AS WELL as talking the talk, one of our Astro SuperSport hosts is showing that he can still walk the walk.
Among the faces unveiled as Kelantan Football Association revealed its line-up this week for the 2014 Malaysian Super League season was Australian-born, Brendan Gan. He will fill one of the 24-squad places, but as a local player, not as a foreigner.
Brendan and certified fitness instructor Fay Hokulani are hosts of FourFourTwo Performance, our weekly football show that has insider tips about technique, preparation, diet and recovery.
The 25-year-old midfielder grew up in Sydney, Australia, but has strong Malaysian roots through his father, who was born and raised in Seremban.
Brendan wore the colours of Sabah FA as an import in the 2012 season. But long before that, he was making frequent trips to visit his relatives in Negri Sembilan and already felt “very Malaysian”.
Playing more than 40 matches for Sydney FC in the competitive A-League, Brendan was touted as a youngster to watch as he burst onto the scene in 2008, scoring some spectacular goals. He also represented the club on the Asian stage in the 2011 AFC Champions League.
Following the lead of other South-East Asian nations, including Indonesia and the Philippines, Kelantan have cited FIFA regulations, on the status and transfer of players, in asking that FAM consider Brendan as a Malaysian instead of a foreigner.
A final decision is expected next month before the transfer window deadline on Dec 17.
In my view, it makes perfect sense — and will open up the possibility of other foreign-born stars, with ties to Malaysia through parents, to follow suit.
A deeper pool of talent has the potential to make the Super League more exciting while strengthening the national squad.
The Philippines has become one of the most improved teams in Asia by using foreign-born players such as brothers James and Phil Younghusband (England) and Stephan Schrock (Germany).
“It is well noted in common law that ‘nationality’ and ‘citizenship’ differ in its interpretation, thus we are clear that Brendan need not be given citizenship to qualify as a Malaysian national,” wrote Kelantan FA general secretary Azman Ibrahim in a letter published on his Facebook page.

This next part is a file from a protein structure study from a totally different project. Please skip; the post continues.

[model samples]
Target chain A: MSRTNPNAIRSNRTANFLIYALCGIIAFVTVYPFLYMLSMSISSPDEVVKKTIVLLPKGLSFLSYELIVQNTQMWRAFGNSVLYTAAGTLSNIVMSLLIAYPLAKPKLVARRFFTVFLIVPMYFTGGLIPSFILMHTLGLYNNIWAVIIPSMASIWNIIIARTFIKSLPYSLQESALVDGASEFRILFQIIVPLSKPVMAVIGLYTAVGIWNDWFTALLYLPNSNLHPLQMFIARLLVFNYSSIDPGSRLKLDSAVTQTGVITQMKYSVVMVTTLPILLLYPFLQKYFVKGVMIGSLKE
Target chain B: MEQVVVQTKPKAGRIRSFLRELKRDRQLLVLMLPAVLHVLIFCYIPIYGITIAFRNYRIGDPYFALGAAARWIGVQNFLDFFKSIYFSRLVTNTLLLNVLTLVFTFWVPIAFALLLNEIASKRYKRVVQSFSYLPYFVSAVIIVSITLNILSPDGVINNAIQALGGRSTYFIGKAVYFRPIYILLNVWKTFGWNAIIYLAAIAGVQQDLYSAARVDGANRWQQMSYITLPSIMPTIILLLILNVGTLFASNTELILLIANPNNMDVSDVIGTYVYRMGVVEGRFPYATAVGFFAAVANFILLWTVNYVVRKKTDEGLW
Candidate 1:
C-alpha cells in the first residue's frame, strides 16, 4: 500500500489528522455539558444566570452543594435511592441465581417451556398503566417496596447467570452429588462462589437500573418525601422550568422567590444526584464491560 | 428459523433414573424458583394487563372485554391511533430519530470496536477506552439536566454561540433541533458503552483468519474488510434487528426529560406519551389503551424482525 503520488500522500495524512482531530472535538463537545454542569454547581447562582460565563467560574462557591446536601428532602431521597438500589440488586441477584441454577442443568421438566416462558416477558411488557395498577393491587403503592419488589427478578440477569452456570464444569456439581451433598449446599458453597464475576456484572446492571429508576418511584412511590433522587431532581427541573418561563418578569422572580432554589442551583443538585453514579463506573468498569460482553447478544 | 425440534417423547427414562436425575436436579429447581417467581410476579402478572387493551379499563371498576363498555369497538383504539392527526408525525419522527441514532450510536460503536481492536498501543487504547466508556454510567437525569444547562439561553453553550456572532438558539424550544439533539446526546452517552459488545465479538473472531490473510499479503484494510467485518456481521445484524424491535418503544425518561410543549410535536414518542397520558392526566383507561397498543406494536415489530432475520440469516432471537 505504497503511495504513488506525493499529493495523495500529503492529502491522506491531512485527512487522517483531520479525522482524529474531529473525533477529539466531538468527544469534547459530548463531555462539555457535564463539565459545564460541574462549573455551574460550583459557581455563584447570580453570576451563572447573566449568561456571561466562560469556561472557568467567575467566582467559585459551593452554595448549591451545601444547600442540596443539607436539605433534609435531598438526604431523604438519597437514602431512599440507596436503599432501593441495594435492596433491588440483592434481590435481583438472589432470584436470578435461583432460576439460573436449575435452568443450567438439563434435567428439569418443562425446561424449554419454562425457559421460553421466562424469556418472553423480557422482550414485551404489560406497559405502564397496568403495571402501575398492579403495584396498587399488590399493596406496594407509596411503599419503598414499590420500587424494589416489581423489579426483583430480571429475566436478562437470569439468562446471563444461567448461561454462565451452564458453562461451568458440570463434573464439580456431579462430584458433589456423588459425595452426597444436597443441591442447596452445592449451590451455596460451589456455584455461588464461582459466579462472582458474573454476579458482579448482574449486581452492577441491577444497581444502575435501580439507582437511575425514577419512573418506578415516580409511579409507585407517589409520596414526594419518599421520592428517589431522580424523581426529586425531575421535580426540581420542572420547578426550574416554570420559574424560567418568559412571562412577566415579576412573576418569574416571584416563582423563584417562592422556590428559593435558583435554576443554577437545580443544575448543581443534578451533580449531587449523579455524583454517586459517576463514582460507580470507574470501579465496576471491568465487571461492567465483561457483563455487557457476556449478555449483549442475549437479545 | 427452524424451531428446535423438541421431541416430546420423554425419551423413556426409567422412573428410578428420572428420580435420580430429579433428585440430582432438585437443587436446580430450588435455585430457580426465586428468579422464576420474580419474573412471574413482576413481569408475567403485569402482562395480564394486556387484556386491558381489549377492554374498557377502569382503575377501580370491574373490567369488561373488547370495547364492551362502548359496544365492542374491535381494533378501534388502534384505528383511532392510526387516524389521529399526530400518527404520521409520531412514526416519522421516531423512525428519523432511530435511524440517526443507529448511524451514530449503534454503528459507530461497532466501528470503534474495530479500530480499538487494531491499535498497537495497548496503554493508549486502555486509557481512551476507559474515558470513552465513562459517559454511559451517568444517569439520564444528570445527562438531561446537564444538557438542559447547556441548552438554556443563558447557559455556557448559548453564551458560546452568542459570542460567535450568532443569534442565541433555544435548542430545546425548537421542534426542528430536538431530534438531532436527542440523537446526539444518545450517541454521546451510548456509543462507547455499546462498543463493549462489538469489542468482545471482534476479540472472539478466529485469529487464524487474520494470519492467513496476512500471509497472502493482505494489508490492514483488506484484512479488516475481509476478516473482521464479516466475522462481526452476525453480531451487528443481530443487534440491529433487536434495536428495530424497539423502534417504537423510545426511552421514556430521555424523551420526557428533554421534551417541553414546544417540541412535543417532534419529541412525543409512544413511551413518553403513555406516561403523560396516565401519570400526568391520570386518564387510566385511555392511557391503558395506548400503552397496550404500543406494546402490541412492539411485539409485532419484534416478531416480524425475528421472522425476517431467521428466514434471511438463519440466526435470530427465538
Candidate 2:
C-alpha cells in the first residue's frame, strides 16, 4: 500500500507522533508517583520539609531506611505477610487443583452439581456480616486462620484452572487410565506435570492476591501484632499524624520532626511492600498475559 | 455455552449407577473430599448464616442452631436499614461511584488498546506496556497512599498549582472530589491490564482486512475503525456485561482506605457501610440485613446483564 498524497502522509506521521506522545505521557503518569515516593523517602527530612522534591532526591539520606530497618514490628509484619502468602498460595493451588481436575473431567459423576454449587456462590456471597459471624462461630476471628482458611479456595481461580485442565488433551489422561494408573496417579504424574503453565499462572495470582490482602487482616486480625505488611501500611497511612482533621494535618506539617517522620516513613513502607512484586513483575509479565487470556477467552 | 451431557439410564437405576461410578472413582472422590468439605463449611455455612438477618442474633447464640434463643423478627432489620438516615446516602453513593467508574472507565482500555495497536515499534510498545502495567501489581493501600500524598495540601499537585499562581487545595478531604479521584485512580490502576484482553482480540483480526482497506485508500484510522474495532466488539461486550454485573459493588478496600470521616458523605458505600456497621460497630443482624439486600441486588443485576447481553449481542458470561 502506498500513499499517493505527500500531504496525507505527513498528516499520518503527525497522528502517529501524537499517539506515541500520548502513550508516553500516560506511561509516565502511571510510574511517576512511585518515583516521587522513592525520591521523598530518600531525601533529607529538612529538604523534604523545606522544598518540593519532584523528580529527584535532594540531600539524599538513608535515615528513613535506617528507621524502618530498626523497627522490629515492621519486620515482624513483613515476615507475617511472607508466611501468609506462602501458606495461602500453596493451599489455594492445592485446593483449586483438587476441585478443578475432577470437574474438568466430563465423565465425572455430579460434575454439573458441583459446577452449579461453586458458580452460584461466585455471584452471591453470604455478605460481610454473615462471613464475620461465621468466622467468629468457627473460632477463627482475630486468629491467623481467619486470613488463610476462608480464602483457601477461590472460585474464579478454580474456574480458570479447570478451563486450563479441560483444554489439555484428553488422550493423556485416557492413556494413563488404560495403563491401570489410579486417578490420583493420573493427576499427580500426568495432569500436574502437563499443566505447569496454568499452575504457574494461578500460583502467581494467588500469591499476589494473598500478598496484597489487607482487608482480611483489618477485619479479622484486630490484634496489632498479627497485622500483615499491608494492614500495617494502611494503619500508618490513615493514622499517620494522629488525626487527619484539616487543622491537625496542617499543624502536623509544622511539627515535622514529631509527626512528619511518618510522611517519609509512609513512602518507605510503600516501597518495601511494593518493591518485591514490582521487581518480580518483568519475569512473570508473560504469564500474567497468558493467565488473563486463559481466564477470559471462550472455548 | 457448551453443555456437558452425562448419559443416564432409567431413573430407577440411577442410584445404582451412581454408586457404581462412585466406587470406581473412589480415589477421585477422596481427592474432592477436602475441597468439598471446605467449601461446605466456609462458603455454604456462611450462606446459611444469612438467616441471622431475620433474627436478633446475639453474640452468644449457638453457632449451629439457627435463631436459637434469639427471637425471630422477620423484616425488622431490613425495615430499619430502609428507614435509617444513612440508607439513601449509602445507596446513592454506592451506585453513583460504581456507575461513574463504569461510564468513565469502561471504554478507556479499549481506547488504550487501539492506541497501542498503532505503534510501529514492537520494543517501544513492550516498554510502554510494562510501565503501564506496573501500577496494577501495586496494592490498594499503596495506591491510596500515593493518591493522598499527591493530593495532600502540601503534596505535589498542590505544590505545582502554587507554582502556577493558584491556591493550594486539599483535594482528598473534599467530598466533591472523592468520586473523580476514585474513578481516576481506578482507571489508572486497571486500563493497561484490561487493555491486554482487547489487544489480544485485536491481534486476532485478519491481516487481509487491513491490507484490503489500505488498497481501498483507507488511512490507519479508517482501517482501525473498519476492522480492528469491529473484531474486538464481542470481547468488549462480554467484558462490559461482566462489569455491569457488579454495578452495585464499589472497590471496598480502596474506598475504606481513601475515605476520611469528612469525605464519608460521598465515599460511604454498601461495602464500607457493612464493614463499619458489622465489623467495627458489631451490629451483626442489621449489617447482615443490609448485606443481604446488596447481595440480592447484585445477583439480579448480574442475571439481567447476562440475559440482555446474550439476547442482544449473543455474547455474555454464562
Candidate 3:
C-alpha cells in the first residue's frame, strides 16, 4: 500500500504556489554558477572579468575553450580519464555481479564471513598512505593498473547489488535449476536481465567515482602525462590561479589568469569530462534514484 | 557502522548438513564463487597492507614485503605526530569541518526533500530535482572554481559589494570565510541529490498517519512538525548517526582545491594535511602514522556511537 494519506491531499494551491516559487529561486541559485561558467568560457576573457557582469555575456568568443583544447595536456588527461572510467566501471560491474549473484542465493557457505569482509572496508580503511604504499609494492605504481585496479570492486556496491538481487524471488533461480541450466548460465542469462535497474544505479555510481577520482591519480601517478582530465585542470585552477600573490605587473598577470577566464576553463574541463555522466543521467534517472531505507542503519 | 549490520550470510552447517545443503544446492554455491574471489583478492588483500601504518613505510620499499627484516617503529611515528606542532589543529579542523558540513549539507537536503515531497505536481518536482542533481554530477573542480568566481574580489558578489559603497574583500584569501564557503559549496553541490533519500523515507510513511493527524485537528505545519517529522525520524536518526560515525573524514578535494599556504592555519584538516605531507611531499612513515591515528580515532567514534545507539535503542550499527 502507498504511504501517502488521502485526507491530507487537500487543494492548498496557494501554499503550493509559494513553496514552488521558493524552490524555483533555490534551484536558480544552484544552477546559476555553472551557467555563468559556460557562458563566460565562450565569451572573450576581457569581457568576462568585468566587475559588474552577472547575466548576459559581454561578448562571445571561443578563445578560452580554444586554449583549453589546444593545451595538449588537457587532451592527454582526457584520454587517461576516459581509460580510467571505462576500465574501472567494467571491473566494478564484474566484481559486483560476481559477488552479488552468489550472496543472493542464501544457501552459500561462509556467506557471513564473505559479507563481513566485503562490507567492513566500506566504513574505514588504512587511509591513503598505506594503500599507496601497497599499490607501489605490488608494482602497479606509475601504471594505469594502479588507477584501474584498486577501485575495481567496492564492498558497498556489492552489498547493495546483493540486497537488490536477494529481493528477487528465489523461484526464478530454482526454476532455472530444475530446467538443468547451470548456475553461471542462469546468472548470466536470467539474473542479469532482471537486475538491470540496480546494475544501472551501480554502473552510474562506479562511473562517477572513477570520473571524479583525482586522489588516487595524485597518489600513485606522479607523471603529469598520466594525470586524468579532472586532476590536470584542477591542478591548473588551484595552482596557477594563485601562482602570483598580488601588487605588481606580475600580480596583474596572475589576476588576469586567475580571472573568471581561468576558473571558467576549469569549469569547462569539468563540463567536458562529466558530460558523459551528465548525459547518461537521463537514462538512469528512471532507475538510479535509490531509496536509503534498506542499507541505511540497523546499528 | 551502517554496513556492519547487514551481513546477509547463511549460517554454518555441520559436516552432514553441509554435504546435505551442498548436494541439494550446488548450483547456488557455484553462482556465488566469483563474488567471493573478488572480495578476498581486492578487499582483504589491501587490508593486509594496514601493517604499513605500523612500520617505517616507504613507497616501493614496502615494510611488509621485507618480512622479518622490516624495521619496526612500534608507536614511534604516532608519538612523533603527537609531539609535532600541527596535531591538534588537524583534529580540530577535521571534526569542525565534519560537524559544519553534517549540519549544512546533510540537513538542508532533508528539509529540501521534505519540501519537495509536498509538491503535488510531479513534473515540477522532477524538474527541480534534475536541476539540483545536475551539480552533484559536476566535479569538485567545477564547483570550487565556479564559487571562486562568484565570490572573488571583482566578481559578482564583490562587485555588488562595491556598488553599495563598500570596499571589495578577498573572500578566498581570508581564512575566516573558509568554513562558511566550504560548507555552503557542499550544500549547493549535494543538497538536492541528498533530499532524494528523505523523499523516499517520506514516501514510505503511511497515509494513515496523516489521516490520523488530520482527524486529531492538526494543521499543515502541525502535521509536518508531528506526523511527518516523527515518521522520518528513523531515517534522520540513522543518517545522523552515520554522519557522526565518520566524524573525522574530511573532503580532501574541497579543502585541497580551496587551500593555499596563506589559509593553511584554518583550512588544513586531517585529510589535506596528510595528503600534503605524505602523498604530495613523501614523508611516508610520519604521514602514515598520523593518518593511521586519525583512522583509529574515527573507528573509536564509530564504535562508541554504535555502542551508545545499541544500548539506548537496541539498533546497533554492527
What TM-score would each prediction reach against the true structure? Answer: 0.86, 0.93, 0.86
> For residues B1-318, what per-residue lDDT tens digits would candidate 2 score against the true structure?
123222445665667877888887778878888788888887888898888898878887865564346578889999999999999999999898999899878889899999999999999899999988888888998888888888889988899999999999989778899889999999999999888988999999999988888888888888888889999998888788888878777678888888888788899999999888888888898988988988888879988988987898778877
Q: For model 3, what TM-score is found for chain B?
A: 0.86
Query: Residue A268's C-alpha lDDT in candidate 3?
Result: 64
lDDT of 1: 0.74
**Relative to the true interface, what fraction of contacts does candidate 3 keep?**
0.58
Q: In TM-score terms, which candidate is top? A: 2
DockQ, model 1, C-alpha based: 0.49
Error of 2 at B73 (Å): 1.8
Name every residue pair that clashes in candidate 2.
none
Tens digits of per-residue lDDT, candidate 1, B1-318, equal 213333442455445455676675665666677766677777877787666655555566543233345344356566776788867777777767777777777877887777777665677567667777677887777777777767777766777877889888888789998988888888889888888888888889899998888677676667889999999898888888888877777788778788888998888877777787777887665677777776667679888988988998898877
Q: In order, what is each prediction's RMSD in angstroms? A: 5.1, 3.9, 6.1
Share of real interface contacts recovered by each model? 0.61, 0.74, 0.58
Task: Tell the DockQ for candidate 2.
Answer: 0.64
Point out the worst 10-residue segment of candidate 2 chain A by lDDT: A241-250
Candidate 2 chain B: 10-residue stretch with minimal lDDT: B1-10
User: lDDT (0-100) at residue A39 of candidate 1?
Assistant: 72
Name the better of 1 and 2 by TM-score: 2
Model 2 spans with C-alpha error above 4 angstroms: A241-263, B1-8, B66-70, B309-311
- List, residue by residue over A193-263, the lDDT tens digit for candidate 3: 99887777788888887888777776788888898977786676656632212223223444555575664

Brendan could well turn out to be an asset to both Malaysian football and Astro SuperSport.
I’ve followed his career since his Sydney FC debut soon after his 20th birthday.
The folllowing year, in 2009, the FourFourTwo TV show was the first in the Malaysian media to interview Brendan and reveal his possible interest in representing the nation of his father.
And during his season-long stint in Sabah when he was classified as an import player, West Ham-fan Brendan appeared on a special edition of our chat show, Bola@Mamak, alongside visiting Tottenham Hotspur legend Gary Mabbutt and East Malaysia-based SuperSport pundit, Scott Ollerenshaw, in 2012.
It was Ollerenshaw who helped broker the deal for Brendan at Kelantan, under new head coach Steve Darby.
Despite an exodus of players from last season, Darby’s 2014 squad is shaping up nicely with 2012 Golden Boot winner Francis Forkey Doe, Lebanese star Mohamed Ghaddar and ex-Egypt and Middlesbrough midfielder Mohamed Shawky, among the other additions.
Crucially, Kelantan have retained Nigerian defender Obinna Nwaneri and some of their talented Malaysians, including captain Badhri ‘Piya’ Radzi, veteran forward Fakri Saarani and goalkeeper Khairul Fahmi Che Mat, all capped by the country.
If FAM approve Kelantan’s request, Brendan would immediately be eligible to play for Malaysia.
In the meantime, he’ll continue to work in front of the cameras for SuperSport, rubbing shoulders with the lovely Fay Hokulani, a former FHM pin-up girl.
It’s a tough life, but someone has to do it. No wonder he loves Malaysia so much!